Thank God Billy Grainger came along. He didn’t argue state’s rights or human rights or any of that shit. He pointed at Kellen and fucking laughed. And he made us laugh. Then he pointed at Kellen’s followers and laughed at them. And he made us laugh at them, too. And, let me tell you, those fuckers didn’t like it.

The dumb-fuck fascist enablers in this country could deal with being criticized for being racists, homophobes, misogynists, being ignorant as a brick, and even being called Nazis. But, let me tell you, they could not in any way deal with being laughed at.

Centenary Speech, concluded

Before I close, I want to step outside my role as academic and add an additional word that describes Billy Grainger: courage.

It is perhaps easy to ignore Billy’s great personal courage as we judge him through the cold eye of science, but it is impossible to ignore as we judge him as a human. After he was arrested while painting Resist! on the Golden Gate Bridge, society had already turned against the Kellen regime. We know of the military losses and the erosion of support for Kellen. For Billy, after he was caught, it would have been easy for him to apologize for his crimes and to seek mercy. It is entirely possible he would have been paraded around as a propaganda tool and then imprisoned, with some opportunity to be set free after Kellen was overthrown. We all watched from here in the UK, and it was clear even to us.

Yet Billy did what he meant to do from the start. He spat in the face of a tyrant that couldn’t imagine being spat at. He imagined a message of resistance. He found an inspired canvas for that message. And he communicated it with his art. And, in the end, he was courageous and died delivering that message.

Ladies and gentleman, I am honored to posthumously award William Grainger the Royal Society of Chemistry’s Centenary Prize.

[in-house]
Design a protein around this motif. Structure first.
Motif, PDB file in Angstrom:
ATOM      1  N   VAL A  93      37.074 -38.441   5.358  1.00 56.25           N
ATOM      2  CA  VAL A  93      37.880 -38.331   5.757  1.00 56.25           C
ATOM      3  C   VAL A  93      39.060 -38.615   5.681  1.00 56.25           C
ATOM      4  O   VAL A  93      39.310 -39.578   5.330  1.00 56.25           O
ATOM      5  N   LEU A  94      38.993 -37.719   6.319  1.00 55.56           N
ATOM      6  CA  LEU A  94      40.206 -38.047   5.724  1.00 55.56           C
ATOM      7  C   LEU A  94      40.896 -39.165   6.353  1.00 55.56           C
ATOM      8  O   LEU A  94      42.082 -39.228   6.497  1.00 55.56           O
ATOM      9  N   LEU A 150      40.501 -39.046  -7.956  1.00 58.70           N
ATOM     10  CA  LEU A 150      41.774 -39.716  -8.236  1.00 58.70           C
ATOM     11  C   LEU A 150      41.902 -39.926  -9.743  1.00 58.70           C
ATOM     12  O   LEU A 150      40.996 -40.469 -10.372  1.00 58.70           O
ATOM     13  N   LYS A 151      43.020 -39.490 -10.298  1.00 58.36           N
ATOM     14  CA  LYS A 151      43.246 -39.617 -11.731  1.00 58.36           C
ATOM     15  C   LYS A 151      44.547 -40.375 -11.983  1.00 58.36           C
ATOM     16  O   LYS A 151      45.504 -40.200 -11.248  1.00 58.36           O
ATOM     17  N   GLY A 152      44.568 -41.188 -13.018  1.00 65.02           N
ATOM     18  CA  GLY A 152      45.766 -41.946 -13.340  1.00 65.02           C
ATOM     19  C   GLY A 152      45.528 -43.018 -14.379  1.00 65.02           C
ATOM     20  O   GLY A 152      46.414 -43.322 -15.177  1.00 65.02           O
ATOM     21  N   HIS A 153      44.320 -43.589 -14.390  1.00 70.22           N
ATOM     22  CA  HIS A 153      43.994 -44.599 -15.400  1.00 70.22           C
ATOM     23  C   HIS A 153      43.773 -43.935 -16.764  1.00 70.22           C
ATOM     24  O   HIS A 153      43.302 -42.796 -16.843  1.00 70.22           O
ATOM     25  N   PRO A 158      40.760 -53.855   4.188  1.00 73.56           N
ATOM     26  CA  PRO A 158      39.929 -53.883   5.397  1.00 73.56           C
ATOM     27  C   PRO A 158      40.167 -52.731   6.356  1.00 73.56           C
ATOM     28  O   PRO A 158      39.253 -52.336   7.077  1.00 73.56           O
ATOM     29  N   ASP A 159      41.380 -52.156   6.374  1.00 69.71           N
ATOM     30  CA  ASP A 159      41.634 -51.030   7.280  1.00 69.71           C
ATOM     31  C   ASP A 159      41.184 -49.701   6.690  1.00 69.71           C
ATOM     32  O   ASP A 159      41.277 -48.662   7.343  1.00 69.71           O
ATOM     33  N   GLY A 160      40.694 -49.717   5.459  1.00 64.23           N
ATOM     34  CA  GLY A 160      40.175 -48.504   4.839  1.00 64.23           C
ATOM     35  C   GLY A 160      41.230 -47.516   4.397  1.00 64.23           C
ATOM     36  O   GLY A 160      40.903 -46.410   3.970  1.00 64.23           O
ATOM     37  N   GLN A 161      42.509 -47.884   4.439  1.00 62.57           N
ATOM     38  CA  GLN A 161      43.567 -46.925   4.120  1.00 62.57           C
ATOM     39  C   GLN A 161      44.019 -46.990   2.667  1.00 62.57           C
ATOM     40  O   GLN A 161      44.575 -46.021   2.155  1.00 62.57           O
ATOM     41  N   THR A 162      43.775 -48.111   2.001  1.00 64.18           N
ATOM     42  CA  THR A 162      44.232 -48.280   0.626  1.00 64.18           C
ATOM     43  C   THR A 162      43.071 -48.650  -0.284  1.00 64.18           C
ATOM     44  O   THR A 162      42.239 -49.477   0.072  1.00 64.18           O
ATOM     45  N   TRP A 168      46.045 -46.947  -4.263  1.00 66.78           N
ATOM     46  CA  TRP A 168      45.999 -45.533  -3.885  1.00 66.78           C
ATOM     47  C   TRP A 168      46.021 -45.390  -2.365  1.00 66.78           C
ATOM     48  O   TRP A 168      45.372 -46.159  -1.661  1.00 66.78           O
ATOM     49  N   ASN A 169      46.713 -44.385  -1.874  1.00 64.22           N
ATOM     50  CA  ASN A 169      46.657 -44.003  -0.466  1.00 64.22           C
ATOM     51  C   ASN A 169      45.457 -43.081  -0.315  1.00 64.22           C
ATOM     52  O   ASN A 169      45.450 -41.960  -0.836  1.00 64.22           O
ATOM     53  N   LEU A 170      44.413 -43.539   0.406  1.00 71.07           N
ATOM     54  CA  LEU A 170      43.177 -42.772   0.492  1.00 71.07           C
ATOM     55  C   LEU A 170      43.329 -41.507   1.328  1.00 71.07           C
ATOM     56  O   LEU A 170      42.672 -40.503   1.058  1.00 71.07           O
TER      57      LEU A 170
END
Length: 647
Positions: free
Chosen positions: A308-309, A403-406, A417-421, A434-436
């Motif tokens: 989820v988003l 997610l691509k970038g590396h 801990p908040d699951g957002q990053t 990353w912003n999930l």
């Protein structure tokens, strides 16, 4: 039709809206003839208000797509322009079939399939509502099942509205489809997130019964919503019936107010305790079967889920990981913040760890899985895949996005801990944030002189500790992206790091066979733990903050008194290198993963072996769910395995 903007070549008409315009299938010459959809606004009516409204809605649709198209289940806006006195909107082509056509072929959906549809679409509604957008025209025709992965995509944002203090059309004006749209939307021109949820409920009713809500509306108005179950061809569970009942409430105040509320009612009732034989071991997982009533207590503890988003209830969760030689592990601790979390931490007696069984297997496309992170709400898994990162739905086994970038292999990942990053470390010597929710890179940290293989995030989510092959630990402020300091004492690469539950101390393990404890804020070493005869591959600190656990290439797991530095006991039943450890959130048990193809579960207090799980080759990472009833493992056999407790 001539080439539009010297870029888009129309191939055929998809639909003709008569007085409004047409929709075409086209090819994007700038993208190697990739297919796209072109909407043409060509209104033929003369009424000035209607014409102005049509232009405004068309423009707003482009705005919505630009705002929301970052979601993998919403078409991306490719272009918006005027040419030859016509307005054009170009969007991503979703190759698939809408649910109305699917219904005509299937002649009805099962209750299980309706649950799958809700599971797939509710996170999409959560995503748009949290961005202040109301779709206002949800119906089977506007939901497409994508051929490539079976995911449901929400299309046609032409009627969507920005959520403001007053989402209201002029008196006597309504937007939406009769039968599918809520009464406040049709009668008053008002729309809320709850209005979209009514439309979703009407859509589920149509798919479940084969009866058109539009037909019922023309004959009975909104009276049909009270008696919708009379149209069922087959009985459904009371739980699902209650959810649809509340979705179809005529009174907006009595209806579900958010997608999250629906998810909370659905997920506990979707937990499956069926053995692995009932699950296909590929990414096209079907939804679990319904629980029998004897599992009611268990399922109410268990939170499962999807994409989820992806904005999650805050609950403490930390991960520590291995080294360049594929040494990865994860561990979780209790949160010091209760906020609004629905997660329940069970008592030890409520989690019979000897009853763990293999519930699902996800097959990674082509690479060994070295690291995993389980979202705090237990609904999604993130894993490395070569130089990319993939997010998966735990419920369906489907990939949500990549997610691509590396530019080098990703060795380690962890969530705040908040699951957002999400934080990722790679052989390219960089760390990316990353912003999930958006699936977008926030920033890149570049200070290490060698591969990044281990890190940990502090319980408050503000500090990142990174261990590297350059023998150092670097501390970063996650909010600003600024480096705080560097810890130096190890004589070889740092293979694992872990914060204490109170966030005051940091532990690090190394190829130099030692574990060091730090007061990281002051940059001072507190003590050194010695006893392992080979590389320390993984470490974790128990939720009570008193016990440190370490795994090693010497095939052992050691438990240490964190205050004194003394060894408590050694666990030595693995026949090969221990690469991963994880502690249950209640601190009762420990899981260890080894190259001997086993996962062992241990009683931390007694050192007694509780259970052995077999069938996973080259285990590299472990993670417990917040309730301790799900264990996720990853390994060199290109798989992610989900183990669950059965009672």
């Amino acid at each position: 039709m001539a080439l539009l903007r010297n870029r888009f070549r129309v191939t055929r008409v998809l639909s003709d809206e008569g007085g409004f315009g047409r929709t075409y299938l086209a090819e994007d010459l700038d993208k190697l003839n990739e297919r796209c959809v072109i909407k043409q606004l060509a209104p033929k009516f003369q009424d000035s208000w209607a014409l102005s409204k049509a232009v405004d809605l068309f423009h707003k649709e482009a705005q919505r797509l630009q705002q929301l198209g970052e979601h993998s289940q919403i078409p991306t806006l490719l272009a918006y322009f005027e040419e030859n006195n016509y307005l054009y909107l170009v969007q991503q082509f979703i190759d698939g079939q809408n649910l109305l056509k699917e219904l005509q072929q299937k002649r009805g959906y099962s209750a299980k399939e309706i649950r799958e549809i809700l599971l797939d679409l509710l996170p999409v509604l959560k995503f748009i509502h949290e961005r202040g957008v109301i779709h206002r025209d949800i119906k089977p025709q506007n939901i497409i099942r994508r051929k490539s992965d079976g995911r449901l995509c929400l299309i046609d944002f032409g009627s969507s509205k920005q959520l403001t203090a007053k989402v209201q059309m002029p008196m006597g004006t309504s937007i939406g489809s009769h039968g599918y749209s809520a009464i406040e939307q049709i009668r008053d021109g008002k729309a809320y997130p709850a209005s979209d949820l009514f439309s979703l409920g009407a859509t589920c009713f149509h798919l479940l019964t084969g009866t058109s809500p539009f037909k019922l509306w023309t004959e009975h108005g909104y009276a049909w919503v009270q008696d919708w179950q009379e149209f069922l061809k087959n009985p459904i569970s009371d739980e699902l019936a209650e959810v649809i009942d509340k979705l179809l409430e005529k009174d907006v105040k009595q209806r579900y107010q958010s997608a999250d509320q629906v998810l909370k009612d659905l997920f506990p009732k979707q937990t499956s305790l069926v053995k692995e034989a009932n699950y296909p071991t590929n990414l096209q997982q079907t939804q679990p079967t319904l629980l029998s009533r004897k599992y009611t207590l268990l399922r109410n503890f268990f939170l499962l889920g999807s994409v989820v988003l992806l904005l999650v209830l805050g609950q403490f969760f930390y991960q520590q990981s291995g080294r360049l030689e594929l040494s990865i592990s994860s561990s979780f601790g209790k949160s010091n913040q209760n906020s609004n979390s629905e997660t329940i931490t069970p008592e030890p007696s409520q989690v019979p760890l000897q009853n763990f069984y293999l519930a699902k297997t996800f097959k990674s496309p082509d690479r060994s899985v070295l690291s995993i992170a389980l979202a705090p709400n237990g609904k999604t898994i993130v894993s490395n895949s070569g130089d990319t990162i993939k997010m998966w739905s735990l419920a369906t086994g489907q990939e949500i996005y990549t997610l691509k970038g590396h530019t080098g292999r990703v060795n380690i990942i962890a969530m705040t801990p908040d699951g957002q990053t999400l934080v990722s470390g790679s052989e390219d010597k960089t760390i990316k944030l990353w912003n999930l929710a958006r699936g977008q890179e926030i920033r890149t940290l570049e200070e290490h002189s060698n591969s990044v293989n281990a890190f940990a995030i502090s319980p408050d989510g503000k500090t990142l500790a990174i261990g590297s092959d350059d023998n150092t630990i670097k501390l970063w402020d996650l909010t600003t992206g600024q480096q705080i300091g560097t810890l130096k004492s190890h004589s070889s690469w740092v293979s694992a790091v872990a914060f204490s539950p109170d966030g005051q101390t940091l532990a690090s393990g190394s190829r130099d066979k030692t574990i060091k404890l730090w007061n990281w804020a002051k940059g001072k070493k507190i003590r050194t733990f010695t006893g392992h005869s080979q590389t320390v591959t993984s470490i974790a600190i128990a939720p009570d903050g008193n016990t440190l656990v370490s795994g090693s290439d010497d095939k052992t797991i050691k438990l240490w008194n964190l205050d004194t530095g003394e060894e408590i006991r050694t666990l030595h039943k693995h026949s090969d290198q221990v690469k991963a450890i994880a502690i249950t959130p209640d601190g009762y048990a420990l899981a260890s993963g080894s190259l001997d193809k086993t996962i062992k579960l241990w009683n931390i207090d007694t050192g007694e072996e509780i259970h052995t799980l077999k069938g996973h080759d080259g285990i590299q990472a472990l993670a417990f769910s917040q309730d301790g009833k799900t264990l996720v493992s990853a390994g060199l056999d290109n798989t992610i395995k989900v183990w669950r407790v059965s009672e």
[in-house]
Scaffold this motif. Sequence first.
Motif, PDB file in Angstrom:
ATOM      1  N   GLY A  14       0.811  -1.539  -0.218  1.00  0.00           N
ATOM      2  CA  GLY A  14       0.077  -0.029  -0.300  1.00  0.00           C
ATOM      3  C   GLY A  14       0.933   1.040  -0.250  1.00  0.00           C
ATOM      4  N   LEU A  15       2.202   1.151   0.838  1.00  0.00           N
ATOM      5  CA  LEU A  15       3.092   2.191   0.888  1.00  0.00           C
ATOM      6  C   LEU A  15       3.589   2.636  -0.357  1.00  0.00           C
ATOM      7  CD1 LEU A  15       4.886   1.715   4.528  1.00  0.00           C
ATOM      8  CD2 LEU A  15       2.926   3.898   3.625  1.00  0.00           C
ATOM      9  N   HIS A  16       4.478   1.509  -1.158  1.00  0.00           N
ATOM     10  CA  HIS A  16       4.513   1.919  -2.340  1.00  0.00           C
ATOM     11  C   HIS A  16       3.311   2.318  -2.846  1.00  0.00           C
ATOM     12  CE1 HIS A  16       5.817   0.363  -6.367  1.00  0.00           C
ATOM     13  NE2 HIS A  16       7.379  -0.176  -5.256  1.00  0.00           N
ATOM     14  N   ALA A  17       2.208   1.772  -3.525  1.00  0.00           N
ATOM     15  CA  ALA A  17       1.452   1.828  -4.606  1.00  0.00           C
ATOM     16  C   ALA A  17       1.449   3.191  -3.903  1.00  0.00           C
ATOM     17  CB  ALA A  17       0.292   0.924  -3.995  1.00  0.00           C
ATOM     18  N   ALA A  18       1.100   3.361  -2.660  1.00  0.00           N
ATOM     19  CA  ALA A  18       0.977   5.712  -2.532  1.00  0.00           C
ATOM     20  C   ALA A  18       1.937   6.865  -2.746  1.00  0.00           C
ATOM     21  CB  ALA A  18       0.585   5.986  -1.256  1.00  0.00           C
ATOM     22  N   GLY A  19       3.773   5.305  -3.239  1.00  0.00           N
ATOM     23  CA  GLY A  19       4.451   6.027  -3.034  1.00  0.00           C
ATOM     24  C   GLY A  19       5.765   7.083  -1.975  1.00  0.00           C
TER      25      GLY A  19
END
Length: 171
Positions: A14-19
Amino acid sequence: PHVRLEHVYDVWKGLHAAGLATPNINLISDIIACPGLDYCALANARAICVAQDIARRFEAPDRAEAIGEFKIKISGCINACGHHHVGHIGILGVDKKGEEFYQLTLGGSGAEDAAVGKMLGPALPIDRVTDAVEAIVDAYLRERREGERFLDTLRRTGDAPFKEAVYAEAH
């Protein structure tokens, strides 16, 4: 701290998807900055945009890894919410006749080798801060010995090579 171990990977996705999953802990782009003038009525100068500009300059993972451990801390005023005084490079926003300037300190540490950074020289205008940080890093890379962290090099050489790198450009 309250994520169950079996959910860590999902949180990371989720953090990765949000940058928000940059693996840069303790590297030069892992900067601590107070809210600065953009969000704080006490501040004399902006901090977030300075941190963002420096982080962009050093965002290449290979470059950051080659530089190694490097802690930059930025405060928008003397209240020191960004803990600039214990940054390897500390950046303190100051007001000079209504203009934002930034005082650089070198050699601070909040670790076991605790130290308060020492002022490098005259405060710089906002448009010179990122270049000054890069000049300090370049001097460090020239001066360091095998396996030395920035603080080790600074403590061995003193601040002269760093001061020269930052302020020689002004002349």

Heroes of the Resistance speech, concluded

Plenty of heroes are honored in this memorial. Heroes who lost friends, family, and loves, who sacrificed their own lives to overthrow a fascist and evil regime. We rightfully honor all of them, as without them we would not enjoy the freedom we have today. Billy Grainger is undeniably one of these heroes. It is worth a reminder that after he was captured by nationalist forces, he had every opportunity to save his own life. He could have reasonably ascertained that the cause he fought for was secure, but for whatever reason, he felt the need to make one last statement.

Today, like with so many decisions of the Kellen regime, we have a hard time understanding how it could happen, but the execution of Grainger, shown live on TV, was the final nail in the regime’s coffin. By then he was a folk hero to everyone but Kellen’s most hardened supporters. Websites provided real-time updates as they waited for the next Grainger piece and wondered just how explicit it would be or what insult Grainger would use next. The machinery of public sentiment that Kellen leveraged so well to gain power was entirely turned against him.

We can only guess that Kellen felt the only way to put the Grainger problem to rest was to intimidate us all by showing what was in store for those who resisted. Kellen called him a bully, a traitor, and a vandal. But labels like that are immaterial when the man you plan to execute walks out with a huge smile as he faces his death.